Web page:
In 1875, Huckins left his hardware partnership and went to work for Charles Horr. He formed N. Huckins & Co., a box manufacturing facility that existed to support Horr’s cheese factories. Frank Chapman Van Cleef notes several times in his article on the rise and fall of the cheese industry the difficulty Horr had in securing enough boxes to keep up with his cheese production. “The busiest places in town were the cheese box factories. Several hundred boxes were made each day and a large amount of lumber, mostly elm, was being cut up” (pg. 51). Huckins was often mentioned in the newspaper traveling to other states looking for timber to purchase. August 29, 1878, the Enterprise reported that his factory had produced more than 1,000 boxes in a single nine-hour shift. “750 is regarded a day’s work,” the notice concluded.
Fortunes clearly on the rise, Huckins commenced building an Italianate wood-frame house on land formerly owned by his wife’s family; to this day, the area of the town around Lincoln Street is known as the Adams Addition. The fundamental question I wanted to answer with this project was, when was my house built? I cannot tell you how happy I was the day I read this: “The foundation of the new house being built by Mr. N. Huckins, on the corner of North Main and Lincoln streets, is complete and the grading is being done” (The Wellington Enterprise, 1-13-1876, pg. 3). And then the following year, this: “N. Huckins has enclosed the lawn about his residence with a neat hedge of hemlock, and further added to his premises, fruit and ornamental trees. A little more than a year ago the site occupied by his home was a moist corner of pasture land. It has been graded into a well-shaped lot, high and dry, and seeded, so that a lawn-mower does its frequent shaving. The place is fast becoming one of the most attractive in Wellington” (5-3-1877, pg. 3). A “fine horse barn” was added east of the house in 1881, but no longer exists.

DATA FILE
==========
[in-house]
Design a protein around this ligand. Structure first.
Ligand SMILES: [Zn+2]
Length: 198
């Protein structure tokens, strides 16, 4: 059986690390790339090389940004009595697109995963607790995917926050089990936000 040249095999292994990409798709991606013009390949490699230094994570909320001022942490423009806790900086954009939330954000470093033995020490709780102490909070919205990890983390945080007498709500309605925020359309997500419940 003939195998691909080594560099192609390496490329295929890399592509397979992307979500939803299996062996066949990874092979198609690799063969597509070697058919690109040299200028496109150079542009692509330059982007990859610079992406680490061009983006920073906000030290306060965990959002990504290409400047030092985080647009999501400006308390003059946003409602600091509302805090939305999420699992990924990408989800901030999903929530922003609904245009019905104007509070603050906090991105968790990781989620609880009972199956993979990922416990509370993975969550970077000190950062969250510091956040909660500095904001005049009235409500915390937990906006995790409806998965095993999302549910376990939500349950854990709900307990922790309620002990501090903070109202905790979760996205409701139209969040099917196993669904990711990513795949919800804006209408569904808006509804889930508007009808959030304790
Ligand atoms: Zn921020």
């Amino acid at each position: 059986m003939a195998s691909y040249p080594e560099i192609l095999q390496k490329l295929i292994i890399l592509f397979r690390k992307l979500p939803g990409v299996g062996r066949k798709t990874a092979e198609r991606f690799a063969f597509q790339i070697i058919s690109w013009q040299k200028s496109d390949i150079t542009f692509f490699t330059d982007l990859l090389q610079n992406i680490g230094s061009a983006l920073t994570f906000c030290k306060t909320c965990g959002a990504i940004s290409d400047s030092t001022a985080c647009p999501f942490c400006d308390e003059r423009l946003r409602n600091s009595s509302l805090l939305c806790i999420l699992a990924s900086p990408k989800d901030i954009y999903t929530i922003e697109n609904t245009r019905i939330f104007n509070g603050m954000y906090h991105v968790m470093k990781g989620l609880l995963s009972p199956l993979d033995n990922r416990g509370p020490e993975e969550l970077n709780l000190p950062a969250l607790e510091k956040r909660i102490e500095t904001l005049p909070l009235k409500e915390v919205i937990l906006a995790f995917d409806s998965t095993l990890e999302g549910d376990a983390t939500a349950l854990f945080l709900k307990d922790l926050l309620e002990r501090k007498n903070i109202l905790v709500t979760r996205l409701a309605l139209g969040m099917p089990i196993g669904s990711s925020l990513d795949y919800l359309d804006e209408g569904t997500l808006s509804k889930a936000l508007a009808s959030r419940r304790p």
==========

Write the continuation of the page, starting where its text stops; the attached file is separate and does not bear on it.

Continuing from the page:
While building this substantial homestead, Huckins also became heavily involved in what we might today call “volunteer work.” He was, at various times, secretary of the library association; chairman of the Congregational Church’s 1876 (U. S.) Centennial celebrations; a member of the school committee; president of the Republican Club; president of the Murphy Movement, a temperance organization; a member of the Memorial Day Observances committee; and on and on. The impression one gets is of an up-and-coming young man trying to make his mark on a community.
N. Huckins & Co. did extremely well, and its business ventures and real estates transactions were numerous and complex. (I will talk more in a future post about the company and about another partnership of Huckins and Horr, the Wellington Milling Co.) I located contemporary credit reports that chart the enterprise’s expansion. In 1877, the credit reporter estimated that Huckins’ stake in the company was worth $8,000, while Horr’s was worth $60,000. By 1888, the reporter estimated the overall value of the company at more than $150,000.
Then, in 1889, Huckins decided to leave the town that had been his home for a quarter-century. The only indication I have found as to why is a line in his obituary which begins, “With the idea of enlarging his field of activity he came to Oberlin…” (Oberlin Tribune, 9-16-1921, pg. 1). He sold the family home on North Main Street and transferred all of his corporate and real estate holdings to Charles Horr in the same week. In my next post, I will conclude Huckins’ life story with a brief outline of his decades as a successful hardware salesman in Oberlin, Ohio.